Gaming Reviews

Published on January 4th, 2018 | by Michael Newman

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Spellforce 3

Isometric role-playing games were new and refreshing back in the mid-90s; games such as Baldur’s Gate and Fallout are just two of the many great examples of the genre.  A few years prior to their popularity the Real-time Strategy games, such as Dune II and Command and Conquer, had already begun making waves and over the years saw numerous improvements and changes to the traditional RTS formula with games such as StarCraft and the Age of Empires series.  Fast-forward to present day and we are seeing a renewed interest in the Isometric RPG, whether this comes as new IP, such as Divinity or Path of Exile, or a revitalization of an older RPG such as Baldur’s Gate.

Somewhere in-between the two genres are where SpellForce 3 comes in…it’s like a soup, where you take a bit of Isometric RPG, add a dash of RTS and mix it all together. Much like soup, the individual ingredients that go into it may not be the very best, but it’s the combination that keeps you drooling for more.

SpellForce 3, as the name suggests, is the third game in the SpellForce universe, yet it acts as a precursor to the games that came before it.  You begin the game as Tahar, who is the son of a treacherous mage during the Mage Wars.  As part of your own road to redemption you are tasked with investigating a strange plague, known as the Bloodburn, that has swept across the land of Eo with no known cure.  The story has the usual mix of interesting characters, betrayal and redemption, all of which tend to lend themselves to a good story.

The story, while not particularly new, is told through the various companions and NPCs you run into along the way.  The voice acting is top notch, and along with the beautiful graphics pull the player into the heart of it.  The game itself is not short, easily clocking in around 30 or so hours (depending on how long it takes you to complete the numerous side quests and battles along the way).  It is told in two distinct parts, one part has you and your small band of followers (up to 4 including yourself), exploring the world, interacting with NPC’s and taking on numerous side quests and challenges as you work to unravel the mystery of the Bloodburn.  The other part that has you building bases, creating armies, and leading them, along with your band of companions, into battle.

As I mentioned above, neither of these two distinct ingredients are particularly the best of the genre, but the mix between small group exploration and massive large-scale armored conflict, is something when combined make SpellForce 3 a joy to play.  It’s not perfect, the RTS aspect of the game tends to be more about building up large groups of soldiers and marching them into enemy encampments, reminding me a bit of tank rushes from earlier RTS games.   There is no pause button, to issue orders to your troops and arrange them where they are most useful.  This tends to cause your army to attack every enemy encountered as one big blob.  It’s not necessarily bad, and certainly doesn’t detract from the enjoyment of the game, but it does take away a lot of strategy when organizing your attacks.  You also control your individual party members during these battles, but again without a way to pause and give individual orders, you will find yourself mashing buttons to launch special attacks and selecting your large forces to attack a single enemy or enemy structure.  This game could clearly have benefited from a bit more strategic options when battling.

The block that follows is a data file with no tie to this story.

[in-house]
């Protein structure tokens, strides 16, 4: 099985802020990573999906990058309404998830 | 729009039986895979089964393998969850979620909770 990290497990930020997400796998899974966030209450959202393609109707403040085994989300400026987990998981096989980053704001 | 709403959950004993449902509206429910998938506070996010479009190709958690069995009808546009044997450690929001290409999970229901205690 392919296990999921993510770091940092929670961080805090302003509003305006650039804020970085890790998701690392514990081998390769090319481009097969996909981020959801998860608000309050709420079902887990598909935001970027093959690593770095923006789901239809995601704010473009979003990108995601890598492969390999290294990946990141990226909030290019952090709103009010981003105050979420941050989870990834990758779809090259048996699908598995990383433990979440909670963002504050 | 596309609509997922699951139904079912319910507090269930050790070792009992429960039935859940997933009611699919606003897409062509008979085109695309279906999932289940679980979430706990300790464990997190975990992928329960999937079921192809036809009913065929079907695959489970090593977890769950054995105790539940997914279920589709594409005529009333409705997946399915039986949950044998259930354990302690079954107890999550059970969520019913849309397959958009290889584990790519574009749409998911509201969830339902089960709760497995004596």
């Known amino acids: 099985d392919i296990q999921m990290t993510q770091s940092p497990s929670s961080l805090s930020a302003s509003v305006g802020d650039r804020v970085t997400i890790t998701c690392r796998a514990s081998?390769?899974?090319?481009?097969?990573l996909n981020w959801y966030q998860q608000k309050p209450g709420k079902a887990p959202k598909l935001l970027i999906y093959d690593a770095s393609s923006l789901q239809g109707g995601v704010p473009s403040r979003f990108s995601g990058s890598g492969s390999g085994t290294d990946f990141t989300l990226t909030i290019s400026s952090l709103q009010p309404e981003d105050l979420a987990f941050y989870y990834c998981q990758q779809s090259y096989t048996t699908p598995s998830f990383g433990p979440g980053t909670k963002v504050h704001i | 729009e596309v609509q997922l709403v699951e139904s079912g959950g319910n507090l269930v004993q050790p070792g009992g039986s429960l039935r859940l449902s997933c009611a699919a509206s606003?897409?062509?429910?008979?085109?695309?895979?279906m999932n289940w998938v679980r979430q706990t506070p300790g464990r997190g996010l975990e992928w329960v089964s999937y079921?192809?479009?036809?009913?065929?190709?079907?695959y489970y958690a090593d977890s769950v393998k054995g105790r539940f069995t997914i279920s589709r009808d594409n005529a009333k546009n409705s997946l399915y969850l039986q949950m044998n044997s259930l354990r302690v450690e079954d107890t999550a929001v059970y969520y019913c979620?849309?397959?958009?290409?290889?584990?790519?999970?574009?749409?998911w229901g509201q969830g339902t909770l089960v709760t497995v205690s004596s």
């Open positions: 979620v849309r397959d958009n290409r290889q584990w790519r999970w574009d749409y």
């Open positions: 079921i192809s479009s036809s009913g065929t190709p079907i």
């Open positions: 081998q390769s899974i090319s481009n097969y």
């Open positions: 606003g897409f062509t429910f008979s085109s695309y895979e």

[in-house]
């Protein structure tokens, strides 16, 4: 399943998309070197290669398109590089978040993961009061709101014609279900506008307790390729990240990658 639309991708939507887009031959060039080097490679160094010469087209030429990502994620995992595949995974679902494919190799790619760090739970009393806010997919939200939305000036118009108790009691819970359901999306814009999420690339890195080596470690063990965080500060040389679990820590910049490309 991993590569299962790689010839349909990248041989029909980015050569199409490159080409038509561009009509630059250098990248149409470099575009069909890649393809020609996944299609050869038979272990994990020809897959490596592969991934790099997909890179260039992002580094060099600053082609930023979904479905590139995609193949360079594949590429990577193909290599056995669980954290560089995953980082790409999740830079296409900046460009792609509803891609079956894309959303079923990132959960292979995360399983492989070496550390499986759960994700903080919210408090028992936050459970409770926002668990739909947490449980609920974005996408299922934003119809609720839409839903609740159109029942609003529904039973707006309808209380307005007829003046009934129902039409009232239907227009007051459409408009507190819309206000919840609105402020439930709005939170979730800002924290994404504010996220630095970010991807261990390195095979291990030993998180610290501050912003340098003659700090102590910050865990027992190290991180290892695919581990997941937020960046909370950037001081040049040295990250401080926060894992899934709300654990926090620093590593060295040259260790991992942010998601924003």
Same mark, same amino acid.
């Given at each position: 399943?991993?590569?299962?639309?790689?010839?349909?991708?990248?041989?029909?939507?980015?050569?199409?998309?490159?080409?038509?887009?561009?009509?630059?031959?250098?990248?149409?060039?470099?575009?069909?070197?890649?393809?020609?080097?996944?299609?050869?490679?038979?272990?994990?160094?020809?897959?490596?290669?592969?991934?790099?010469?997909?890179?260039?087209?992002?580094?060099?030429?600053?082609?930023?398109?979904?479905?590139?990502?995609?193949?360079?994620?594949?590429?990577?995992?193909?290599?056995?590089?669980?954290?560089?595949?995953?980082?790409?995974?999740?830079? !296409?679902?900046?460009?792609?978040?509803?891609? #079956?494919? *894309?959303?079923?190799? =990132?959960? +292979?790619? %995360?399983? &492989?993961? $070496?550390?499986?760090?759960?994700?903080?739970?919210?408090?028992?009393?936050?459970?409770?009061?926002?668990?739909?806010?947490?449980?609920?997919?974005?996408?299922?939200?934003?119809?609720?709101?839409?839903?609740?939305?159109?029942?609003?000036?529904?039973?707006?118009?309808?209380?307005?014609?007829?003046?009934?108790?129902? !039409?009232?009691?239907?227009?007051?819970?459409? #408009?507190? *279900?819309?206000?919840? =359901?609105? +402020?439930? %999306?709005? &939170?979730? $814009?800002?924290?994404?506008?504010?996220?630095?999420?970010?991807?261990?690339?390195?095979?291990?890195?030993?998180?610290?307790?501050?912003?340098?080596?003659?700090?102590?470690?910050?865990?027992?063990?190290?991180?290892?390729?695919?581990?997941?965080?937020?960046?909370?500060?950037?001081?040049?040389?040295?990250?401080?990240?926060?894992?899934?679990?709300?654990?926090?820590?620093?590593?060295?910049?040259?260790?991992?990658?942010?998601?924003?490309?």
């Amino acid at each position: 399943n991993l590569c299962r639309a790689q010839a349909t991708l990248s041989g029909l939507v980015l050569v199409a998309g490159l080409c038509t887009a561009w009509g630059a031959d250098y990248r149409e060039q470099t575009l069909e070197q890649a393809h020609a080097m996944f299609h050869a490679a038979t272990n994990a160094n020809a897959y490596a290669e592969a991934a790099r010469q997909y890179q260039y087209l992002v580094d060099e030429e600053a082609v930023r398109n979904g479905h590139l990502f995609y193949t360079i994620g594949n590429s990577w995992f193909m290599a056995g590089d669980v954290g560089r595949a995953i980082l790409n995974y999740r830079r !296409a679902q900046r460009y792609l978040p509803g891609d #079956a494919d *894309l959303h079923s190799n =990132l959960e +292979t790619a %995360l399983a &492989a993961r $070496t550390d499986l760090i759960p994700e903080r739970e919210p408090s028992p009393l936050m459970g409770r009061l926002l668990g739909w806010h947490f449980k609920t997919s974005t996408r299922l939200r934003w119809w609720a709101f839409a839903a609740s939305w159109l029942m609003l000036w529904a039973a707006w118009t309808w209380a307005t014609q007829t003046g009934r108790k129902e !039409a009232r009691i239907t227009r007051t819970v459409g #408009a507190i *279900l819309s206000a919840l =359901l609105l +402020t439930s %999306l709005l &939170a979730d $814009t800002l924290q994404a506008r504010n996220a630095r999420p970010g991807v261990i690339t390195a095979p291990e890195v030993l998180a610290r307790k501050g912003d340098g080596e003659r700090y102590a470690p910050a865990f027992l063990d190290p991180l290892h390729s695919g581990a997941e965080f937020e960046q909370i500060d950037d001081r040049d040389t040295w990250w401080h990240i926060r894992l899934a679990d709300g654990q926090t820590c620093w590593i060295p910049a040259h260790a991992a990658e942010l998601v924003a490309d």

I’ll admit that while I do own all the other SpellForce games, I hadn’t had the chance to play through them prior to reviewing this game.  I mention that because playing the previous games in the series is not a requirement to understand and enjoy the story.  Many nuances are certainly missed if you haven’t experienced the other games, but I never felt lost going through the story.  If anything, I now have the desire to go back and play SpellForce I and II and their expansions.

SpellForce 3, should be commended on its unique blend of RPG and RTS.  When your army is needed, it’s because the story has taken you there, and the transition between RTS and RPG is done seamlessly.  The characters are interesting (if not entirely memorable), and the battles are massive and while at times can be a bit overwhelming, are enjoyable none-the-less.  It did take an hour or two for me to really get into the game as the early stages in the game act as a tutorial and take you through adventuring 101 and RTS 101.  It’s necessary and does move the story along, but it just takes a bit for it to get going.  Once it does however, you are in for an incredible adventure.  If you are a big RPG fan, then this is a game to pick up.  If you are strictly an RTS fan, and looking for a game that does this genre extremely well, then there are better games to play.  However, If you are interested in or enjoy both, then this is the game for you.

What I liked: Breathtaking visuals, Incredible voice acting, Interest story

What I liked less: Lack of pause feature for better tactical planning, Individual character control and actions could have been done better

4.5 out of 5 stars

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